This case report of fatal spontaneous hepatic rupture secondary to PH demonstrates an appropriate concern for occult injury and potential abuse in a vulnerable patient presenting with hepatic rupture, while simultaneously illustrating the need for a differential diagnosis including spontaneous rupture secondary to neoplasm, hemangiomatosis, or PH. These considerations are particularly relevant for the forensic pathologist, who is likely to become involved in such cases when there are suspicions of abuse. Pathological examination was crucial in the diagnosis of PH in this case. Although the history and physical examination gave no indication of abuse, occult injury could not be excluded by the clinical evidence alone. Furthermore, although the CT studies identified an intraparenchymal hepatic lesion as the source of the hemoperitoneum, the radiographic differential did not include PH and could not be narrowed beyond abscess, hemangioma, embryonal sarcoma, and mesenchymal hamartoma, nor could a traumatic contribution be excluded. The limitations of radiography in differentiating among diffuse hepatic parenchymal diseases have been described previously; even CT scan and angiography can miss the lesion entirely and may be no better than ultrasound in identifying PH.7–10 Gross and microscopic examinations were necessary to establish the diagnosis of PH and to exclude alternative diagnoses. The central role of pathological findings in establishing the diagnosis of PH and excluding injury in this case demonstrates that familiarity with PH is important for the practicing pathologist.
The gross and microscopic features of PH have been well characterized.11–13 Grossly, PH consists of numerous irregular, blood-filled cystlike spaces within the liver parenchyma 0.1 to 5 cm in diameter. As noted previously, PH most commonly involves the right lobe (as in this case), but cases involving both lobes have been reported.10,14 Histologically, 2 patterns of PH have been described. The “parenchymal” type consists of irregular, blood-filled, cystic spaces within the hepatic architecture, which may have scattered foci of necrosis but is otherwise normal. In this type, the cystic spaces are unlined by endothelial cells or fibrosis and do not communicate with the central vein or compress adjacent parenchyma. The “phlebectatic” type differs by having regular, centrilobular, spherical spaces lined by fibrosis or endothelial cells that communicate with sinusoids and compress the surrounding parenchyma.15–17 It has been suggested that the 2 types are part of a single disease spectrum, with fibrosis and endothelial lining of spaces (phlebectatic) downstream of dilatation and necrosis (parenchymal).18–20 Although the lesion is quite distinct histologically, the present report demonstrates that the lesion may be missed by biopsy. Furthermore, an important caveat in pursuing biopsy in suspected PH is that, even under ultrasound guidance, puncture of the lesion may lead to fatal hemorrhage21; accordingly, arterial embolization should be readily available during the procedure.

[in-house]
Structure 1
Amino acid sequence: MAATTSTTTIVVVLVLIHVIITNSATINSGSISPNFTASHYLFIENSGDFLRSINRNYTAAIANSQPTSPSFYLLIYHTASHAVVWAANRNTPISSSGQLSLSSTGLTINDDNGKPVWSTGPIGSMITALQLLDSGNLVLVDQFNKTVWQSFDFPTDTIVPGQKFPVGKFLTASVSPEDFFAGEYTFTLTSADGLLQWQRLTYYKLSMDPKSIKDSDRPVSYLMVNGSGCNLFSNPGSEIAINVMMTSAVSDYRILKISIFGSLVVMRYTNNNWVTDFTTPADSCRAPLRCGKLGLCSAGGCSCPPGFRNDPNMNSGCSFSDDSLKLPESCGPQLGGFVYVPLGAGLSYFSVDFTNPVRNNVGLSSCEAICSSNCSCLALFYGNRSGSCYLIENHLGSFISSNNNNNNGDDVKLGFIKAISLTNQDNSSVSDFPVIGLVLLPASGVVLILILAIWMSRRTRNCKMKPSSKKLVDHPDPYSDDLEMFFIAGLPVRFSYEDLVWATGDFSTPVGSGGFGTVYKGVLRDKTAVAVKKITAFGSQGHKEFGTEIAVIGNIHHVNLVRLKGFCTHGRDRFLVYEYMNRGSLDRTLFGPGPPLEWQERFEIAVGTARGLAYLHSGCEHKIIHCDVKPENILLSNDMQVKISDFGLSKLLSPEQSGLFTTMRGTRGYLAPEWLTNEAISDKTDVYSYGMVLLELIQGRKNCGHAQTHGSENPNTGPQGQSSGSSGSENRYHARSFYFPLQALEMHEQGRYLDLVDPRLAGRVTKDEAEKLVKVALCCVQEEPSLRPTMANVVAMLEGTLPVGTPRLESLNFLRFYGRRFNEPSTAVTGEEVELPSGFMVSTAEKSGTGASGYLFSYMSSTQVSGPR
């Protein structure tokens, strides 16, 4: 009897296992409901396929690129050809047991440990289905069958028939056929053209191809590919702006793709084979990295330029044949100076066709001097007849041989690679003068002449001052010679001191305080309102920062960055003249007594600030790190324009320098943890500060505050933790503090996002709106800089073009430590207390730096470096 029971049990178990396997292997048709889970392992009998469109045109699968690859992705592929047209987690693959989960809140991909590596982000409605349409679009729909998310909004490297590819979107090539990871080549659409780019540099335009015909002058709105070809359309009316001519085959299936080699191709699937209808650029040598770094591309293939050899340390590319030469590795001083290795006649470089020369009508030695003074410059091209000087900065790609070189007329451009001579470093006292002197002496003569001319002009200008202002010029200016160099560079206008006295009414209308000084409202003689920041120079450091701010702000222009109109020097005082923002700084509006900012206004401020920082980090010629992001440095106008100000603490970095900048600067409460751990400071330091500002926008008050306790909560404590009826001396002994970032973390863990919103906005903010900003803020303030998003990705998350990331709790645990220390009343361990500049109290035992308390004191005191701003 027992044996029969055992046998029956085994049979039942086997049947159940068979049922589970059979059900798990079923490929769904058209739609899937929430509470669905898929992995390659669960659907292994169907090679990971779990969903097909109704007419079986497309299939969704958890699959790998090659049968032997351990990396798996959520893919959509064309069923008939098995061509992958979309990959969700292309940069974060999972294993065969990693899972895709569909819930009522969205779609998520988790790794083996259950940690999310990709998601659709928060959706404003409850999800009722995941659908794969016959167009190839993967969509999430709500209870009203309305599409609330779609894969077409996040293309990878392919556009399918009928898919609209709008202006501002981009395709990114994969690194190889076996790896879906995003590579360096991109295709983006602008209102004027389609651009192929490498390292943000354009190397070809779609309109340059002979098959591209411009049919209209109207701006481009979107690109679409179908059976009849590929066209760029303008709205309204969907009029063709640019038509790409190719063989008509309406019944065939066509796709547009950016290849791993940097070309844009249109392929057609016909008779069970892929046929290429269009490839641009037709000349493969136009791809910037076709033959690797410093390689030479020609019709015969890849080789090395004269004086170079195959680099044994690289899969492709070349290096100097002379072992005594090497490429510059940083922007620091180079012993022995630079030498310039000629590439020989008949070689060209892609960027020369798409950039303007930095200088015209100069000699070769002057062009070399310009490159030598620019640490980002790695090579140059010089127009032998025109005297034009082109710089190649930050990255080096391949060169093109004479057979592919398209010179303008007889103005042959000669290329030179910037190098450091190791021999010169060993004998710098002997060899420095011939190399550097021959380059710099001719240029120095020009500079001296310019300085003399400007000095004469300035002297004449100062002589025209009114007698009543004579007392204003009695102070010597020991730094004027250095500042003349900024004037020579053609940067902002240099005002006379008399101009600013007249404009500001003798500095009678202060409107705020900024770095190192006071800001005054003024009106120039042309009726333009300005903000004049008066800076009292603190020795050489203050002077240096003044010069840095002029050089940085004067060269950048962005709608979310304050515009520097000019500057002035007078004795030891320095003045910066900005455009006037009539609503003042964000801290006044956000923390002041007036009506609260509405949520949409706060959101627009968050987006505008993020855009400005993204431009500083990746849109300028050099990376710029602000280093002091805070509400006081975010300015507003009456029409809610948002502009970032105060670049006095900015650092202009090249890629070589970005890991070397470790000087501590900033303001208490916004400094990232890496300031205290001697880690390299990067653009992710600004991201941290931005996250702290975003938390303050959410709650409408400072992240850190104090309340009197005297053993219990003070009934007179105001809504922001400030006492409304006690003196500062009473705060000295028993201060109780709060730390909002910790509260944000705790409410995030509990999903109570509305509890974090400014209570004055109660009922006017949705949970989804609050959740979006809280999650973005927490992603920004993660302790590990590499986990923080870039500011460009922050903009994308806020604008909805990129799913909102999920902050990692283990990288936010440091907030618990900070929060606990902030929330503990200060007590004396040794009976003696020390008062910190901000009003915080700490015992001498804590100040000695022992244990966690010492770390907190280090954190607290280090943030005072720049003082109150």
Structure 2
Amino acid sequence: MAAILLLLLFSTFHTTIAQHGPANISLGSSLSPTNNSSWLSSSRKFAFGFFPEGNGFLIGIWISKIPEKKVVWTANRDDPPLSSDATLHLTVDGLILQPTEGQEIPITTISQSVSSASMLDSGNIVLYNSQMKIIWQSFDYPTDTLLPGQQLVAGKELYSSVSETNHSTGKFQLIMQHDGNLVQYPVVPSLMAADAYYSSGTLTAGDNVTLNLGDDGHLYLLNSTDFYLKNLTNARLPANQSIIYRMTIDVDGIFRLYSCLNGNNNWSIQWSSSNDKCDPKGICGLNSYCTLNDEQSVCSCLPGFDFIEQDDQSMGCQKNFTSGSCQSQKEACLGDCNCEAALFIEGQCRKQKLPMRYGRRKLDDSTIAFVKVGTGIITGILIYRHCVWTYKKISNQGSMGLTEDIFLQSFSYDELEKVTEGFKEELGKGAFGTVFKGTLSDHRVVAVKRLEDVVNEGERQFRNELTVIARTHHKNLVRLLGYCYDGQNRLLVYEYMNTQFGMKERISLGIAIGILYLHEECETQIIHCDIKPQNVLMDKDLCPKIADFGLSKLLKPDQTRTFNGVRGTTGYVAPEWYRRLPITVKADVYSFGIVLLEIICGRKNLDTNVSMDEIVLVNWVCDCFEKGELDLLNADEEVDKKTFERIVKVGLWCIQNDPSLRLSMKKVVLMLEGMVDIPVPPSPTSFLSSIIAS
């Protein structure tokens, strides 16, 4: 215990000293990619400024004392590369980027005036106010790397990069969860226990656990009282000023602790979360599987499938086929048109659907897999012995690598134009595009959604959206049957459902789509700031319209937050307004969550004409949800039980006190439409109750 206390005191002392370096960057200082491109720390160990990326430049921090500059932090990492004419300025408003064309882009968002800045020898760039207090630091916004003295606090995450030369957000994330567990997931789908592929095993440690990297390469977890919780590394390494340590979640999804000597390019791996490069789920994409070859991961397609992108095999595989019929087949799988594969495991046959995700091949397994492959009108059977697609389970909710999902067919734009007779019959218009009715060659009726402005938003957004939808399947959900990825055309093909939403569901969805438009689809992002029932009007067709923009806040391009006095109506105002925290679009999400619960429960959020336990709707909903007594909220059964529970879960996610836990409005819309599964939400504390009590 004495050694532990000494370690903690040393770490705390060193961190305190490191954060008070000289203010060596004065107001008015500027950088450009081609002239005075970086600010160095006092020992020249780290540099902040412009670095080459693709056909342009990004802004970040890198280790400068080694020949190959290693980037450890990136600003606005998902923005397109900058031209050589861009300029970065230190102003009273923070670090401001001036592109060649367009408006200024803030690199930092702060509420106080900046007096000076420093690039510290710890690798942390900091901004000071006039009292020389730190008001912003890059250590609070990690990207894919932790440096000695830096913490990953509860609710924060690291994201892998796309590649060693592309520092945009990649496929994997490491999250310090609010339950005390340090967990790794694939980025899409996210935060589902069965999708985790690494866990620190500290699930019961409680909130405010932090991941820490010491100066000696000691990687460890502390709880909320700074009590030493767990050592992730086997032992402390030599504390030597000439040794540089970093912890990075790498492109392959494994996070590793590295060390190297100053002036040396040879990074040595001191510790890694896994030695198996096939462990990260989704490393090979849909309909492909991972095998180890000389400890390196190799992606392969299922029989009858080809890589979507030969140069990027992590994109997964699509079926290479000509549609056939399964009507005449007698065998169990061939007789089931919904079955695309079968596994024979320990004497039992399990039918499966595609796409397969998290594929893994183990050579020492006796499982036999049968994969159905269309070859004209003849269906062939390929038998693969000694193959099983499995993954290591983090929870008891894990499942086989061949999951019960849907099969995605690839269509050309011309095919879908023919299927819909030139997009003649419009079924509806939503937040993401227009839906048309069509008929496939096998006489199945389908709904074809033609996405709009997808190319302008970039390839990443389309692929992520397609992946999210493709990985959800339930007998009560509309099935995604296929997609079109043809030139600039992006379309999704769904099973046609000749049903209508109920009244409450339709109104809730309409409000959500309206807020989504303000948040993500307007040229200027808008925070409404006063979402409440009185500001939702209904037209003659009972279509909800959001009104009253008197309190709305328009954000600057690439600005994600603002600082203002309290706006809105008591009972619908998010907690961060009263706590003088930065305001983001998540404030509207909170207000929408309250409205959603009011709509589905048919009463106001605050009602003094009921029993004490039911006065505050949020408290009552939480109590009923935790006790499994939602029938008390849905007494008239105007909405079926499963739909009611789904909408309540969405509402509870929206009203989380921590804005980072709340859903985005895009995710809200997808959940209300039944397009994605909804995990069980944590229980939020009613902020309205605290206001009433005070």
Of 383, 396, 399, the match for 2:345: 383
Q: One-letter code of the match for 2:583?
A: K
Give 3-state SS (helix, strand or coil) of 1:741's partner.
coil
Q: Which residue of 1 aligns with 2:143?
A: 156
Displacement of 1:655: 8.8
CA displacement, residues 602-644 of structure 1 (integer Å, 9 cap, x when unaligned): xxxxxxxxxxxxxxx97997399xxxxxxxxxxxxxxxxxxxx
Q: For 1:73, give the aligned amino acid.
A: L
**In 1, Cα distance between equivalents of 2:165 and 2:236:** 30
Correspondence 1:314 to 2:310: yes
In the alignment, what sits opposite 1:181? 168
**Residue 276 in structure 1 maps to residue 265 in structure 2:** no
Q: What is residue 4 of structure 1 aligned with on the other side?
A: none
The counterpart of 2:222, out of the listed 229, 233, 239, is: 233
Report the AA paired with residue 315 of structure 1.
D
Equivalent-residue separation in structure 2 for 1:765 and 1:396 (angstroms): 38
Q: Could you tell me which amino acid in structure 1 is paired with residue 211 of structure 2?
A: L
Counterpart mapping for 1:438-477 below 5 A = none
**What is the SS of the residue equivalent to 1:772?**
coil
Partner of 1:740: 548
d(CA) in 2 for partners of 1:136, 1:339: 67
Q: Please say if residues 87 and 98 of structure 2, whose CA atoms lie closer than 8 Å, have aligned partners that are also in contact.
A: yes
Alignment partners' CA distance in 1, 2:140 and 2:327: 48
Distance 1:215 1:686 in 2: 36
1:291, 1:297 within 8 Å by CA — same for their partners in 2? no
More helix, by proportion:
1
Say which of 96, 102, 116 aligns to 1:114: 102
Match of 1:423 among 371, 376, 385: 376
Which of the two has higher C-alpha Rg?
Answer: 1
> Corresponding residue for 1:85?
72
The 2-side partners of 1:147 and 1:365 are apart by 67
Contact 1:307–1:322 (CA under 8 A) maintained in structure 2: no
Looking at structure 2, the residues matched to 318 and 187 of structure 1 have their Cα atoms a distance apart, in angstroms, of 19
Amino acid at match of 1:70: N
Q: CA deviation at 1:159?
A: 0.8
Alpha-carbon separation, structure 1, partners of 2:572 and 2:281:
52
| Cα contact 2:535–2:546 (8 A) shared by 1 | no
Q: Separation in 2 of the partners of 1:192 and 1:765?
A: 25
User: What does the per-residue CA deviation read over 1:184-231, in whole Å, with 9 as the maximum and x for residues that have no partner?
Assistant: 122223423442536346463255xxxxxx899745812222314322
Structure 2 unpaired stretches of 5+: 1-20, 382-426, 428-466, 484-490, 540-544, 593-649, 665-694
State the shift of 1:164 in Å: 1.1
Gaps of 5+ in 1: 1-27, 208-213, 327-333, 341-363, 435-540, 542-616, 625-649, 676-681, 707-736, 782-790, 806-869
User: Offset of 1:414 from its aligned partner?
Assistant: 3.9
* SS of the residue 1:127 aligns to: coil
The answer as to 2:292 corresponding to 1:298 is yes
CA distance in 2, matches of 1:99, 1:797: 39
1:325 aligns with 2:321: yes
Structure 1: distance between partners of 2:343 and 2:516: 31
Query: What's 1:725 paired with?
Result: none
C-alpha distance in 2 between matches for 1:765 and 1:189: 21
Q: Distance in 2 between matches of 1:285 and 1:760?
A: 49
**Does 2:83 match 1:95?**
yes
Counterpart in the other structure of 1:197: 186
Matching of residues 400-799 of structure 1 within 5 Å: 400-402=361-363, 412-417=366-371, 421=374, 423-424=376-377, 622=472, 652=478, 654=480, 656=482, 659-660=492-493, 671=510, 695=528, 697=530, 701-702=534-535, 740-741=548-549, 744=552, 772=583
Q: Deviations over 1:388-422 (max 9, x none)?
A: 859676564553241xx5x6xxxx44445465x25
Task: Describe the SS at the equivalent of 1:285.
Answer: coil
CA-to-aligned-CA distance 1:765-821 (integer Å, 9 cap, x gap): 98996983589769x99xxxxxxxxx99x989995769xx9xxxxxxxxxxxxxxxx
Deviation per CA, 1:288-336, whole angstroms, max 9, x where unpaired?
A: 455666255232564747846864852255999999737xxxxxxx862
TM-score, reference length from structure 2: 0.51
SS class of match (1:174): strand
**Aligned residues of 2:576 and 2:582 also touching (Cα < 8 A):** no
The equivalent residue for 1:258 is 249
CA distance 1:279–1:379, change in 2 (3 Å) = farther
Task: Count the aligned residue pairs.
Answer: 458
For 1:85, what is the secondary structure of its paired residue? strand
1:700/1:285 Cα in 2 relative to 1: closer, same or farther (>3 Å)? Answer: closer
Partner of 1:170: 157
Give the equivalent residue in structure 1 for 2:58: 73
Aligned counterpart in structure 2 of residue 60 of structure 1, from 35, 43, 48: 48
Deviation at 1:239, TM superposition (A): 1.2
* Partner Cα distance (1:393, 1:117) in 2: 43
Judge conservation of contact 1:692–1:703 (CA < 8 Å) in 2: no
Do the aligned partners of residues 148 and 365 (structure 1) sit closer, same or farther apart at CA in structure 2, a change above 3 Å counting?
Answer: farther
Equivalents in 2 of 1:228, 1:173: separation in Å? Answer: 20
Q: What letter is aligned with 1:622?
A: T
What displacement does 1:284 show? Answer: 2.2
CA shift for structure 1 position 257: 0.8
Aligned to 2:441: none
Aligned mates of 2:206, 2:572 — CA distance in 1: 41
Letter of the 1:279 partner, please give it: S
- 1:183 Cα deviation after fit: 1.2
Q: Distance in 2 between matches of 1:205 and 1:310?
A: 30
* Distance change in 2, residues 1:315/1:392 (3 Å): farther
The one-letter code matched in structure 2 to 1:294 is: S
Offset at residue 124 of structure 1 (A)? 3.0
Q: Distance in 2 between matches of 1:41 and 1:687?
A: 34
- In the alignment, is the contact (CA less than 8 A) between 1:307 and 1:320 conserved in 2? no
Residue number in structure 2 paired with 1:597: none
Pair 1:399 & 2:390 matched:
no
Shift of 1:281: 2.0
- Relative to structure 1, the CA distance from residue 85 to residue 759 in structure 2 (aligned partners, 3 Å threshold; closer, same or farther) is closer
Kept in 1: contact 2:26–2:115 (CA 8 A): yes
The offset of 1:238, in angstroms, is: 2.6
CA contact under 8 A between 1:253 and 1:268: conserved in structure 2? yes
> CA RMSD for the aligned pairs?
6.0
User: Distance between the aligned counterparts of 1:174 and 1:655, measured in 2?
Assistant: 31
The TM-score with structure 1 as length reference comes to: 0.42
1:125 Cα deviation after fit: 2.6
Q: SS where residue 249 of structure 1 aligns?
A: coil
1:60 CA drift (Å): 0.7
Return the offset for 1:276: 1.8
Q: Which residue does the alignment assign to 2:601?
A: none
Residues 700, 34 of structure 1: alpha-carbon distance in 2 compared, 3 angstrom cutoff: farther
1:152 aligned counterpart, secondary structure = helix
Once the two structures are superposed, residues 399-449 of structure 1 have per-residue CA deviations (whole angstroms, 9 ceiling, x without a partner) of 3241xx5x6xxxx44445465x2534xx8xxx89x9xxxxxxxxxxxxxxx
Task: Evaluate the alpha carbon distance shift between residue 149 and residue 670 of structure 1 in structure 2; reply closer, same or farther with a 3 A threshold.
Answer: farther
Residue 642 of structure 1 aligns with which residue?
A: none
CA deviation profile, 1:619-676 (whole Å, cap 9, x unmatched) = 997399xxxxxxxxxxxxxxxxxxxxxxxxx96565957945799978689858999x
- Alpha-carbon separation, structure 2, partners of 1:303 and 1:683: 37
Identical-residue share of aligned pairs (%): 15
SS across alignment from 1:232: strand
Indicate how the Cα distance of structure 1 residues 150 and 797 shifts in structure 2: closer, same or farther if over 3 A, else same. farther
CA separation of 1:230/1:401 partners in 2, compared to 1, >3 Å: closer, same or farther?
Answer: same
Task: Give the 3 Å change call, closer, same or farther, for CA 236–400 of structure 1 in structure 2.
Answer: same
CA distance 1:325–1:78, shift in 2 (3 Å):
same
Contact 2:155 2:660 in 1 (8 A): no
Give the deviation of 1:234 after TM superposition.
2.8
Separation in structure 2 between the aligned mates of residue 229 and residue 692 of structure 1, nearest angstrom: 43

Peliosis hepatis is associated with chronic illnesses such as AIDS and tuberculosis,11,15,22 as well as chronic anabolic-, sex-, or corticosteroid treatment,10,23 but the underlying etiology is unknown. Toxic or viral insult has been postulated to induce hepatocyte necrosis with subsequent dilatation of the sinusoids and/or the space of Disse,10,15,20 although a mechanistic explanation remains elusive. The decedent described in the present report had none of the risk factors described above, although it is possible that one or more of her comorbidities represent an as yet unidentified risk factor for PH. In this regard, it is useful to point out that several reports have shown PH to develop without identifiable risk factors, and as illustrated by this case, a high index of suspicion is required to correctly diagnose PH.
In conclusion, this case illustrates that PH must be considered as a possible contributing factor in hepatic rupture, even in patients without identifiable risk factors. Furthermore, it highlights that careful gross and histological examination is required for an accurate diagnosis of the cause of hepatic rupture. This is particularly relevant for the forensic pathologist when there is suspicion of physical abuse. Finally, this case demonstrates the need for an appropriate level of concern for occult injury in a vulnerable individual and the benefits of close collaboration between hospital and forensic pathologists.
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peliosis hepatis; nontraumatic liver rupture; fatality; forensic pathology; autopsy